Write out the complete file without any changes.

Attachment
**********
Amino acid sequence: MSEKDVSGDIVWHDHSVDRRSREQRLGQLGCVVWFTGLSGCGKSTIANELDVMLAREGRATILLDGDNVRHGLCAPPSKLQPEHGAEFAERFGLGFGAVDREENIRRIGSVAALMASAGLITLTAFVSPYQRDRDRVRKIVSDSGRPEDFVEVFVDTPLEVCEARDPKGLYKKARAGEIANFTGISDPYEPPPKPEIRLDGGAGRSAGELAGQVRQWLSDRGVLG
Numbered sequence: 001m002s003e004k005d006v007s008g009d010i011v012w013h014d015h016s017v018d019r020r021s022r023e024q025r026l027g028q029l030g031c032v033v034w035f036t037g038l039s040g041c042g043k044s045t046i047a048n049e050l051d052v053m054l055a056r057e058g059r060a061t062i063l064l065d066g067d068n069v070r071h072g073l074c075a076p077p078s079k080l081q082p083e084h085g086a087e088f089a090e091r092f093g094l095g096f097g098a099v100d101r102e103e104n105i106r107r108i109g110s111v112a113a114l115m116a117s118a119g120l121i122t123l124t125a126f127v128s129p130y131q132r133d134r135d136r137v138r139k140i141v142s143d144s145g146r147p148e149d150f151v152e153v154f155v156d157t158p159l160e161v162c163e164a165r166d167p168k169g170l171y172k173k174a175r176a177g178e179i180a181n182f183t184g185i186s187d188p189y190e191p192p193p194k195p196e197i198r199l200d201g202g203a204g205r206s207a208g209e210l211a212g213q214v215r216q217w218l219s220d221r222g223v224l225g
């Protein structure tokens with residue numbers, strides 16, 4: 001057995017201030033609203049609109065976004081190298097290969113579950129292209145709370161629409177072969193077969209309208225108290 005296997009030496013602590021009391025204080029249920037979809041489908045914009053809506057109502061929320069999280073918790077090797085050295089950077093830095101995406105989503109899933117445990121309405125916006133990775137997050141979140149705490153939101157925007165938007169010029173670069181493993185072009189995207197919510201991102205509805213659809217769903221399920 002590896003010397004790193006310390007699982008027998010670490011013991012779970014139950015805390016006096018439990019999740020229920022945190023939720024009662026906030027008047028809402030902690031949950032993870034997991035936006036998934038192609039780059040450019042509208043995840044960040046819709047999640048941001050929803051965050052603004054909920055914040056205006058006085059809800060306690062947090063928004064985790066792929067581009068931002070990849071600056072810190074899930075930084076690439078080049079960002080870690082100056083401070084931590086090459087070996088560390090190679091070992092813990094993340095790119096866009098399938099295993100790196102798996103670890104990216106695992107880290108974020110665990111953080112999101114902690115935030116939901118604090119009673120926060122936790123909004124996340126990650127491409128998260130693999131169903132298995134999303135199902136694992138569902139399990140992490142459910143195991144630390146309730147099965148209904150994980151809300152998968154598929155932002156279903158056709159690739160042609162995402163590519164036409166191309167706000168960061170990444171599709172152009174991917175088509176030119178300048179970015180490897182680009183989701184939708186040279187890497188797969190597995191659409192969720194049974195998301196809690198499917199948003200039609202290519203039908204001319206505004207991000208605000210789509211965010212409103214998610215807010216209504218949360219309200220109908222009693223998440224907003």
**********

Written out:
Amino acid sequence: MSEKDVSGDIVWHDHSVDRRSREQRLGQLGCVVWFTGLSGCGKSTIANELDVMLAREGRATILLDGDNVRHGLCAPPSKLQPEHGAEFAERFGLGFGAVDREENIRRIGSVAALMASAGLITLTAFVSPYQRDRDRVRKIVSDSGRPEDFVEVFVDTPLEVCEARDPKGLYKKARAGEIANFTGISDPYEPPPKPEIRLDGGAGRSAGELAGQVRQWLSDRGVLG
Numbered sequence: 001m002s003e004k005d006v007s008g009d010i011v012w013h014d015h016s017v018d019r020r021s022r023e024q025r026l027g028q029l030g031c032v033v034w035f036t037g038l039s040g041c042g043k044s045t046i047a048n049e050l051d052v053m054l055a056r057e058g059r060a061t062i063l064l065d066g067d068n069v070r071h072g073l074c075a076p077p078s079k080l081q082p083e084h085g086a087e088f089a090e091r092f093g094l095g096f097g098a099v100d101r102e103e104n105i106r107r108i109g110s111v112a113a114l115m116a117s118a119g120l121i122t123l124t125a126f127v128s129p130y131q132r133d134r135d136r137v138r139k140i141v142s143d144s145g146r147p148e149d150f151v152e153v154f155v156d157t158p159l160e161v162c163e164a165r166d167p168k169g170l171y172k173k174a175r176a177g178e179i180a181n182f183t184g185i186s187d188p189y190e191p192p193p194k195p196e197i198r199l200d201g202g203a204g205r206s207a208g209e210l211a212g213q214v215r216q217w218l219s220d221r222g223v224l225g
């Protein structure tokens with residue numbers, strides 16, 4: 001057995017201030033609203049609109065976004081190298097290969113579950129292209145709370161629409177072969193077969209309208225108290 005296997009030496013602590021009391025204080029249920037979809041489908045914009053809506057109502061929320069999280073918790077090797085050295089950077093830095101995406105989503109899933117445990121309405125916006133990775137997050141979140149705490153939101157925007165938007169010029173670069181493993185072009189995207197919510201991102205509805213659809217769903221399920 002590896003010397004790193006310390007699982008027998010670490011013991012779970014139950015805390016006096018439990019999740020229920022945190023939720024009662026906030027008047028809402030902690031949950032993870034997991035936006036998934038192609039780059040450019042509208043995840044960040046819709047999640048941001050929803051965050052603004054909920055914040056205006058006085059809800060306690062947090063928004064985790066792929067581009068931002070990849071600056072810190074899930075930084076690439078080049079960002080870690082100056083401070084931590086090459087070996088560390090190679091070992092813990094993340095790119096866009098399938099295993100790196102798996103670890104990216106695992107880290108974020110665990111953080112999101114902690115935030116939901118604090119009673120926060122936790123909004124996340126990650127491409128998260130693999131169903132298995134999303135199902136694992138569902139399990140992490142459910143195991144630390146309730147099965148209904150994980151809300152998968154598929155932002156279903158056709159690739160042609162995402163590519164036409166191309167706000168960061170990444171599709172152009174991917175088509176030119178300048179970015180490897182680009183989701184939708186040279187890497188797969190597995191659409192969720194049974195998301196809690198499917199948003200039609202290519203039908204001319206505004207991000208605000210789509211965010212409103214998610215807010216209504218949360219309200220109908222009693223998440224907003």